Pubdate: Mon, 12 Mar 2001
Source: Seattle Times (WA)
Copyright: 2001 The Seattle Times Company
Contact:  P.O. Box 70, Seattle, WA   98111
Fax: (206) 382-6760
Author: Teri Sforza The Orange County Register
Bookmark: (Cannabis - California)
Bookmark: (Cannabis - Medicinal)


SANTA ANA, Calif. - The University of California is beginning clinical 
investigations into marijuana as medicine, hoping to end the roiling 
controversy over its medical usefulness once and for all.

"It's very exciting, a first in the country," said Drew Mattison, 
co-director of the new Center for Medicinal Cannabis Research at UC San 
Diego. Last month, the center announced the first of $3 million in research 
grants. Researchers at UC San Diego and UC San Francisco will examine 
marijuana's effect on HIV-related pain, spasticity from multiple sclerosis, 
and the driving abilities of patients with AIDS and MS.

The studies should start enrolling patients in April or May. Patients who 
want to take part can add their names to a waiting list.

Medical-marijuana activists laud the studies but don't plan to join them. 
"I'm glad they're going in the right direction," said Marvin Chavez, 
director of the Orange County Patient, Doctor, Nurse Support Group Cannabis 
Co-op. "But from my point of view, it's a waste of taxpayers' money. We 
don't need a study. We're living testimony that it works."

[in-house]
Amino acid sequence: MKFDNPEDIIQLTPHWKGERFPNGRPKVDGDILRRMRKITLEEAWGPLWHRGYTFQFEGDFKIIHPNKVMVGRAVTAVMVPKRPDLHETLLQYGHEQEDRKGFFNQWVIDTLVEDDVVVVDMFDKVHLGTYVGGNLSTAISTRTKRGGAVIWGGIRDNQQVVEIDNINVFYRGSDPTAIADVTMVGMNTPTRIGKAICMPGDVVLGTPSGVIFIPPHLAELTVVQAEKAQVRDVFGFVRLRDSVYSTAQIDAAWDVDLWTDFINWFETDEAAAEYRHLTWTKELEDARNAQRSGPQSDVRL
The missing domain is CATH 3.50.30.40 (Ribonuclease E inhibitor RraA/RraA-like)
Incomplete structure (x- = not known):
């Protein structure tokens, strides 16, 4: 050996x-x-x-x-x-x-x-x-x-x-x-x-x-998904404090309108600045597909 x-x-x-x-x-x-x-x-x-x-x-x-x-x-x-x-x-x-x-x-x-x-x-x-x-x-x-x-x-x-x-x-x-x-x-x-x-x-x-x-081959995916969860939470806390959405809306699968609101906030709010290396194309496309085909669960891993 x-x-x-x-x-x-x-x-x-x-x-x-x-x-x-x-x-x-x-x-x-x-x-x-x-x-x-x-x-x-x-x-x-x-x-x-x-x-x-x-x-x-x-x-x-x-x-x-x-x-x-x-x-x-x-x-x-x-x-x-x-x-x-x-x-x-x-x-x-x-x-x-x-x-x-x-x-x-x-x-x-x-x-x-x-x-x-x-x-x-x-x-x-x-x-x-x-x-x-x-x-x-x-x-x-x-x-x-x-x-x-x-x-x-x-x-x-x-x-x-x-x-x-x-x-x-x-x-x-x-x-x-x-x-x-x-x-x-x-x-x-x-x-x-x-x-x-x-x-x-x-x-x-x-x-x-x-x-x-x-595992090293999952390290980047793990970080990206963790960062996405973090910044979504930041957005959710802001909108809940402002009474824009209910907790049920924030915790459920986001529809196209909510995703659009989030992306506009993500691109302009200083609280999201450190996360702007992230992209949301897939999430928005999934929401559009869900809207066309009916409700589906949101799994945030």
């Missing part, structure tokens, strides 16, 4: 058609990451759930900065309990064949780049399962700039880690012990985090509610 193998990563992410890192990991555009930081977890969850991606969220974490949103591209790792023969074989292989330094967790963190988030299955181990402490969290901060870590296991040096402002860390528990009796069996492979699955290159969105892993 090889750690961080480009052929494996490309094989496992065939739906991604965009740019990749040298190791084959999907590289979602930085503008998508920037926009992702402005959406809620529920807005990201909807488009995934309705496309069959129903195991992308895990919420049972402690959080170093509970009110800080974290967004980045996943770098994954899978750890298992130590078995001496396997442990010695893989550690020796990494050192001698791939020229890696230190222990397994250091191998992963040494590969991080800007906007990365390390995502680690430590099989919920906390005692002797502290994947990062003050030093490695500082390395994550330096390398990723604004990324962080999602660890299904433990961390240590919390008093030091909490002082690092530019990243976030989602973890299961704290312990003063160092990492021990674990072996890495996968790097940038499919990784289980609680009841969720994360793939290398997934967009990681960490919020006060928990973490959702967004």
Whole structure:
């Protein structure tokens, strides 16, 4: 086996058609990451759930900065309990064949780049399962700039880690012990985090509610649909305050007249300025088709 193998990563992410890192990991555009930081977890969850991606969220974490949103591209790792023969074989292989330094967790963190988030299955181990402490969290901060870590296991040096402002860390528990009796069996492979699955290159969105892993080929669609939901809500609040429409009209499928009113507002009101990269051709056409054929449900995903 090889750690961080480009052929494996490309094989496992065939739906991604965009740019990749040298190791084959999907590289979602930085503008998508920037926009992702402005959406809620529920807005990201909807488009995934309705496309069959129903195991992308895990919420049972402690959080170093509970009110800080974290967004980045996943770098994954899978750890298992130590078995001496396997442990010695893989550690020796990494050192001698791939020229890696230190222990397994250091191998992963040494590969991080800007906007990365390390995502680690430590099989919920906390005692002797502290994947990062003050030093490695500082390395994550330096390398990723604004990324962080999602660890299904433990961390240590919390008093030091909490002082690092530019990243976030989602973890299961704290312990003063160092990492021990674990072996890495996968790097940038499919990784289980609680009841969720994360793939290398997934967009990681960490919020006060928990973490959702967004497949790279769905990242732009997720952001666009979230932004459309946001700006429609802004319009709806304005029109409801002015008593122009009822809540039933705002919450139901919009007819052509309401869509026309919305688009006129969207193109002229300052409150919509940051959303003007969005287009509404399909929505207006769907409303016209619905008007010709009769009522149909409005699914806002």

The new research center is the product of a bill introduced by state Sen. 
John Vasconcellos, who has been trying to make Proposition 215 - 
California's medical-marijuana law - work for years. Vasconcellos hopes the 
center's research will prove what other studies have shown: that the active 
ingredient in marijuana helps spur appetite and deaden pain.

Proposition 215 has been trapped between state and federal drug laws since 
it passed in 1996. While it gave patients in California the right to grow 
and use marijuana for a variety of illnesses with a doctor's approval, 
federal drug law still classifies marijuana alongside heroin and LSD, drugs 
with no medical use.

Study results will be reported to the Legislature and the governor to help 
them decide how to implement Proposition 215. The research is not only 
supposed to help California with this task, it will help the eight other 
states that have approved medical marijuana: Alaska, Arizona, Colorado, 
Hawaii, Maine, Nevada, Oregon and Washington.

Proposition 215 didn't address how the drug would be distributed or how the 
state would keep track of who was allowed to use it. In most of the other 
states, including Washington, patient registries were written into the law. 
Such registries make it easy for law enforcement to separate real patients 
from lawbreakers.
- ---
MAP posted-by: Terry F